Many people justify their opposition to any restrictions being placed on abortion by claiming that they are in favor of women being able to choose whatever it is that's best for them. However, these same people oppose informed consent laws that would genuinely allow women to make that choice. Opposing such laws keeps millions of women in the dark about the fact that people who have abortions often experience major psychological trauma later in life, when thoughts turn to wondering what their daughter would have looked like in her prom dress or whether their son would have preferred hockey to baseball, etc.

Once upon a time, media forces loudly protested that the smallest restrictions on abortion would result in women undergoing unsafe "back alley abortions." Today, those same forces are silent about the real-life lack of safety at licensed abortion clinics like Kermit Gosnell's -- even when that lack of safety proves fatal to women patients.

Liberals are constantly saying we should emulate the nations of Europe on all things legal, moral, cultural, etc. Apparently they are not aware that European nations place such strict limits on abortion that if the same limits were proposed here, they would denounce them as an assault on women's rights and a return to patriarchal tyranny. If American liberals were to be told what European abortion laws really are, would they proceed to reevaluate their own positions like they always tell conservatives to do, or would they just assume that the speaker is lying?

Those who call themselves pro-choice use euphemism as a tool not only to sway the undecided, but also to cope with the nagging voices of doubt that must occasionally chirp somewhere in their own brains. Witness their use of the phrase "terminate the pregnancy" instead of "have an abortion" -- a phrase that in older days was itself used as a euphemism to avoid saying "kill the baby." Witness also the use of the aforementioned phrase "a woman's right to choose," which is deployed without the word "abortion" ever crossing the speaker's lips.

The most damning euphemism, however, is the word "fetus." It is used only when talking about abortion and only to avoid saying "baby," since, in the minds of most people, "baby" means human while "fetus" suggests something less.

More than eight years of my professional life were spent working closely with physicians, and not once did I hear any of them say the word "fetus."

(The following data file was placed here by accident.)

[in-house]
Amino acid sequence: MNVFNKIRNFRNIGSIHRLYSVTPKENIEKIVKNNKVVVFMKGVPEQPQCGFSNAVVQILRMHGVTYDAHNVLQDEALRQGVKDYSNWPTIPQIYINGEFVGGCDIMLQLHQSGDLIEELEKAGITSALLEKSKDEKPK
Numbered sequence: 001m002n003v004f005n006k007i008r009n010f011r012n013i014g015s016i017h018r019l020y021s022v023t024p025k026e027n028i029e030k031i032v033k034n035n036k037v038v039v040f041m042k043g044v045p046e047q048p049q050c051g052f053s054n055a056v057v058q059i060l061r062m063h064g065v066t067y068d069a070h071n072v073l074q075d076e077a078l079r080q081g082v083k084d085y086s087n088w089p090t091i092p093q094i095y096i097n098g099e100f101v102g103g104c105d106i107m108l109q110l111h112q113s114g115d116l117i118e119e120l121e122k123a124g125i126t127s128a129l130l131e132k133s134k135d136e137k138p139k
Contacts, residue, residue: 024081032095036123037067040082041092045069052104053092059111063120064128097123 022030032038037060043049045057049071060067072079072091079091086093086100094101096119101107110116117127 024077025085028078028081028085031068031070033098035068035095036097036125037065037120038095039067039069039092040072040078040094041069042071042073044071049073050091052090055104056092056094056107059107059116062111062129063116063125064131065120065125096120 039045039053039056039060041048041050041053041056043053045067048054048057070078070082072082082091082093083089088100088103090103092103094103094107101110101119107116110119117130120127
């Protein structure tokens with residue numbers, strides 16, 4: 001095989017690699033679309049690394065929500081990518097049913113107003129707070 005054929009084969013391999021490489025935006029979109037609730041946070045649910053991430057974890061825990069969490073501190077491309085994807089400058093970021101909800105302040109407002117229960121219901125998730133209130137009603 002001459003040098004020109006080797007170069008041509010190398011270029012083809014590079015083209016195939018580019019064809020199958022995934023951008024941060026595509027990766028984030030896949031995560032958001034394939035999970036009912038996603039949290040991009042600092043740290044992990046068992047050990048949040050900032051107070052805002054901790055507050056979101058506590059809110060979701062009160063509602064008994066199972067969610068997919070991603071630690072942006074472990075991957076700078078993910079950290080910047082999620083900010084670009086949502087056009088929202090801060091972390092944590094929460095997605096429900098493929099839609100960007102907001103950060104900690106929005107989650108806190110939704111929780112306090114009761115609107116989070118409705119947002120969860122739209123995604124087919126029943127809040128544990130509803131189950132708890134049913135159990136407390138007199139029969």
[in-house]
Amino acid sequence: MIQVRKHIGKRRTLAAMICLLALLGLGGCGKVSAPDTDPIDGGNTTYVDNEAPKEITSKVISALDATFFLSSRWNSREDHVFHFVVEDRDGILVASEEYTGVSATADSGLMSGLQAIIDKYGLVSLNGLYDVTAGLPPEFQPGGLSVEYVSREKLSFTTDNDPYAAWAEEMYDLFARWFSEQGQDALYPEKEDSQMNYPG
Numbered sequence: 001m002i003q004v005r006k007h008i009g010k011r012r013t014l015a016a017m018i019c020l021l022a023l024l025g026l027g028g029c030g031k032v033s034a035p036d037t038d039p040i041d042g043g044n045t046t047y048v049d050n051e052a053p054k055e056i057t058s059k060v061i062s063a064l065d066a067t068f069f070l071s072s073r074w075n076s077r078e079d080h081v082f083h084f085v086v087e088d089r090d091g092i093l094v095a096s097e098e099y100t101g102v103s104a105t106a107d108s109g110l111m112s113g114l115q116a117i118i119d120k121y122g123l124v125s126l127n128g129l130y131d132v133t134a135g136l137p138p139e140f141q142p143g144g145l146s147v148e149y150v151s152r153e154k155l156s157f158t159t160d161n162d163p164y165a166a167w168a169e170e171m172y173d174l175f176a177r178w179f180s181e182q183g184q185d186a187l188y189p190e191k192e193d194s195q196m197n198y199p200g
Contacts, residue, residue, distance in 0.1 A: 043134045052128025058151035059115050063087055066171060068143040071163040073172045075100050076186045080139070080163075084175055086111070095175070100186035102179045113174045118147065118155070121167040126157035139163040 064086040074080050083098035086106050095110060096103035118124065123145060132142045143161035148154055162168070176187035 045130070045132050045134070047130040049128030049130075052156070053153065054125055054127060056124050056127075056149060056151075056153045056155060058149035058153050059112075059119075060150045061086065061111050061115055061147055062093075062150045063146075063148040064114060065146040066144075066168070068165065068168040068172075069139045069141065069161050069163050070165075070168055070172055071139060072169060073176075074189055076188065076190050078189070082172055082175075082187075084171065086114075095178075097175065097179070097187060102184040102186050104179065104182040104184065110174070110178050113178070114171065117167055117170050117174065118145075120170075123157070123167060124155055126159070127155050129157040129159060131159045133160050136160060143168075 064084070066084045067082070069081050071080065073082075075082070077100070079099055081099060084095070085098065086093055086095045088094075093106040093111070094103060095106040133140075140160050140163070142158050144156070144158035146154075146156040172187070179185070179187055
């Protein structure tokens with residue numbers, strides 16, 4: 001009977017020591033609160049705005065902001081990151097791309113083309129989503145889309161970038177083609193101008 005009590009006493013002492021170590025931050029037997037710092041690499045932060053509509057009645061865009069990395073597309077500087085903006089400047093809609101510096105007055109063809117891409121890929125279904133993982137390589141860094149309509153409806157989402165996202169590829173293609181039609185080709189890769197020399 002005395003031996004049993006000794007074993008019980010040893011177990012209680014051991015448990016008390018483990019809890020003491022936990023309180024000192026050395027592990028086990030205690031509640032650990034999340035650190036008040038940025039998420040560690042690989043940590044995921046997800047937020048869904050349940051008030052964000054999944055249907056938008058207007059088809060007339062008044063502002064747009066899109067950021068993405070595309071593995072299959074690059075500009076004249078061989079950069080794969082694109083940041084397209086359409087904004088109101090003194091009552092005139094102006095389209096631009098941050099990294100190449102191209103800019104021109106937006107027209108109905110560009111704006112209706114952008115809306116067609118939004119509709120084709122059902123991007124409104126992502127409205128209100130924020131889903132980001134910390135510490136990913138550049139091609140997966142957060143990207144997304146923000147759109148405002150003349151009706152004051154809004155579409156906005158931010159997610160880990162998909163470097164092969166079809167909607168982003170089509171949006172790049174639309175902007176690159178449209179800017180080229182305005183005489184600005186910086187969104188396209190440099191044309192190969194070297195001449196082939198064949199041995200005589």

Erika has been pregnant four times and I accompanied her on many obstetrical visits during those pregnancies, and not once was the word "fetus" used either by doctor or by staff.

Even the earliest of sonograms are always described as being performed to "see the baby," not to "see the fetus." And when a doctor holds a microphone to a pregnant woman's belly and a thump-thump is heard through the speakers, it is always described as "the baby's heartbeat," not as "the sound of a circulatory muscle in the fetus's upper quadrant."

Kirsten Powers recently pointed out that women don't come up with lists of "names for their fetus," they come up with lists of "names for their baby." And on a similar note, my sister pointed out that women don't call those gift-giving parties "fetus showers," they call them "baby showers."

The abortion debate in this country has not been a real debate. Instead it has been one side's ongoing attempt to avoid debate by pulling a mask over the truth. But as it turns out, the truth of abortion is not as easy to hide as they wish it to be.

As a result, our laws have grown so contorted that no one can straighten them out without disposing of them entirely and starting anew. And in what amounts to human tragedy on a national scale, the mixed messaging has created a climate in which untold numbers of young people have chosen abortion because they were conditioned to think of pregnancies as problems rather than as incubators of precious human life -- only to, years later, look back on that youthful decision with the kind of horror and guilt that can afflict their minds until the day they die.

The generations coming behind us deserve a much more open, much more honest discussion about this topic than we have been having up to now.